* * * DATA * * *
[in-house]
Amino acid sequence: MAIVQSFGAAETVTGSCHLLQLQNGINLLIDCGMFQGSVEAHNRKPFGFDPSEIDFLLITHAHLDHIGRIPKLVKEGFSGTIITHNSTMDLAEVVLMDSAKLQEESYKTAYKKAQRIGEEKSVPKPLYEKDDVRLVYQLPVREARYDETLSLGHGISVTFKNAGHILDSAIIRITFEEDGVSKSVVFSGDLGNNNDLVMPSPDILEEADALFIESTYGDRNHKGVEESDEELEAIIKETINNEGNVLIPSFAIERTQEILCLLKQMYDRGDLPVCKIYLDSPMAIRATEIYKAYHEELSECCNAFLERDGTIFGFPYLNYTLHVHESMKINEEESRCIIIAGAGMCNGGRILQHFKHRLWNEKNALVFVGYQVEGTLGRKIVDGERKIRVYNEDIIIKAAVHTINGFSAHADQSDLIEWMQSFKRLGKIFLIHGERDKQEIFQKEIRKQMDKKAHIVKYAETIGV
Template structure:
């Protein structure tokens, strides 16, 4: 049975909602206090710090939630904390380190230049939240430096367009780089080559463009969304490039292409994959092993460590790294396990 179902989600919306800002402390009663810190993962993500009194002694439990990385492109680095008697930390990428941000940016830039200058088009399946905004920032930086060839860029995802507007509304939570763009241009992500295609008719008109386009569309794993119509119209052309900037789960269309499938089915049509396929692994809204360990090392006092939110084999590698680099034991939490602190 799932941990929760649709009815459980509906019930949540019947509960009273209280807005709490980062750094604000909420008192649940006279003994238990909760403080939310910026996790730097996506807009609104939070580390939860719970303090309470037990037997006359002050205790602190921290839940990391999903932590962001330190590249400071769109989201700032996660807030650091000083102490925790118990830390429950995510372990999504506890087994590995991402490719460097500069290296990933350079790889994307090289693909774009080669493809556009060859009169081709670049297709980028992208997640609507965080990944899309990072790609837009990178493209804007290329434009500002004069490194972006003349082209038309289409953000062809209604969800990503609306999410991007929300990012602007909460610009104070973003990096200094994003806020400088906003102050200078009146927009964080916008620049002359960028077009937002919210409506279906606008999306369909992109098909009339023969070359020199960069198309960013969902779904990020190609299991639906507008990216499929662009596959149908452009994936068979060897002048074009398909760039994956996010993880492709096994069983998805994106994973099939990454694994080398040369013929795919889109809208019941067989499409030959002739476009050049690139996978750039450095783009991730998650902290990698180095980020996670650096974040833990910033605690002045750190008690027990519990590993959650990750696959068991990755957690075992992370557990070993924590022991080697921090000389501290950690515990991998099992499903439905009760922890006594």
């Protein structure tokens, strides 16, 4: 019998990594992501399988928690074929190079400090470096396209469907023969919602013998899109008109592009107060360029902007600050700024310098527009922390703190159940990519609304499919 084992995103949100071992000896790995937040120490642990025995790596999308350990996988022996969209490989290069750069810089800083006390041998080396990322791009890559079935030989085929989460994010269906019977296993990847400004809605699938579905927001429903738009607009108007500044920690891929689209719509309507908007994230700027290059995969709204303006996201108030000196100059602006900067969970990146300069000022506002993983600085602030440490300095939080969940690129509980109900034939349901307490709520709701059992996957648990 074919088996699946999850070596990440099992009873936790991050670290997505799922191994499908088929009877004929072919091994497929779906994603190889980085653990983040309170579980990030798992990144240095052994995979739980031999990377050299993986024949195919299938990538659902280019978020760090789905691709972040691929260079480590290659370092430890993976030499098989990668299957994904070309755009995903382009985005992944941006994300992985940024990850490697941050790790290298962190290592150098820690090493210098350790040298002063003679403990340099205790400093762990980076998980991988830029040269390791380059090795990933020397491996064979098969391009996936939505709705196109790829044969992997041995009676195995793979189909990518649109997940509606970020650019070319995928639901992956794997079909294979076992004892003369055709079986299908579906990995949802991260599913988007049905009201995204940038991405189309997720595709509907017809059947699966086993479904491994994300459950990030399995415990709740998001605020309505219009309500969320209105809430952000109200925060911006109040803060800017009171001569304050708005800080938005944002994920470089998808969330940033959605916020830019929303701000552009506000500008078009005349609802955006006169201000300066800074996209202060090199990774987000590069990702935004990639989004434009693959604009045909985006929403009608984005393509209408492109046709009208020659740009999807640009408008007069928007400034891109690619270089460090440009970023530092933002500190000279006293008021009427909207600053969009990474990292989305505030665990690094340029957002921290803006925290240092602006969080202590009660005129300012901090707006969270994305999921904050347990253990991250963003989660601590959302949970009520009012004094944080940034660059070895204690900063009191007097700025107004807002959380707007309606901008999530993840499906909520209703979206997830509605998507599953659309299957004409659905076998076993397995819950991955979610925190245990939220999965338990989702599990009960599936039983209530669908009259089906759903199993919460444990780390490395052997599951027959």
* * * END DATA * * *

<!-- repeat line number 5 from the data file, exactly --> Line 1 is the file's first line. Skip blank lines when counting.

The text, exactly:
């Protein structure tokens, strides 16, 4: 019998990594992501399988928690074929190079400090470096396209469907023969919602013998899109008109592009107060360029902007600050700024310098527009922390703190159940990519609304499919 084992995103949100071992000896790995937040120490642990025995790596999308350990996988022996969209490989290069750069810089800083006390041998080396990322791009890559079935030989085929989460994010269906019977296993990847400004809605699938579905927001429903738009607009108007500044920690891929689209719509309507908007994230700027290059995969709204303006996201108030000196100059602006900067969970990146300069000022506002993983600085602030440490300095939080969940690129509980109900034939349901307490709520709701059992996957648990 074919088996699946999850070596990440099992009873936790991050670290997505799922191994499908088929009877004929072919091994497929779906994603190889980085653990983040309170579980990030798992990144240095052994995979739980031999990377050299993986024949195919299938990538659902280019978020760090789905691709972040691929260079480590290659370092430890993976030499098989990668299957994904070309755009995903382009985005992944941006994300992985940024990850490697941050790790290298962190290592150098820690090493210098350790040298002063003679403990340099205790400093762990980076998980991988830029040269390791380059090795990933020397491996064979098969391009996936939505709705196109790829044969992997041995009676195995793979189909990518649109997940509606970020650019070319995928639901992956794997079909294979076992004892003369055709079986299908579906990995949802991260599913988007049905009201995204940038991405189309997720595709509907017809059947699966086993479904491994994300459950990030399995415990709740998001605020309505219009309500969320209105809430952000109200925060911006109040803060800017009171001569304050708005800080938005944002994920470089998808969330940033959605916020830019929303701000552009506000500008078009005349609802955006006169201000300066800074996209202060090199990774987000590069990702935004990639989004434009693959604009045909985006929403009608984005393509209408492109046709009208020659740009999807640009408008007069928007400034891109690619270089460090440009970023530092933002500190000279006293008021009427909207600053969009990474990292989305505030665990690094340029957002921290803006925290240092602006969080202590009660005129300012901090707006969270994305999921904050347990253990991250963003989660601590959302949970009520009012004094944080940034660059070895204690900063009191007097700025107004807002959380707007309606901008999530993840499906909520209703979206997830509605998507599953659309299957004409659905076998076993397995819950991955979610925190245990939220999965338990989702599990009960599936039983209530669908009259089906759903199993919460444990780390490395052997599951027959």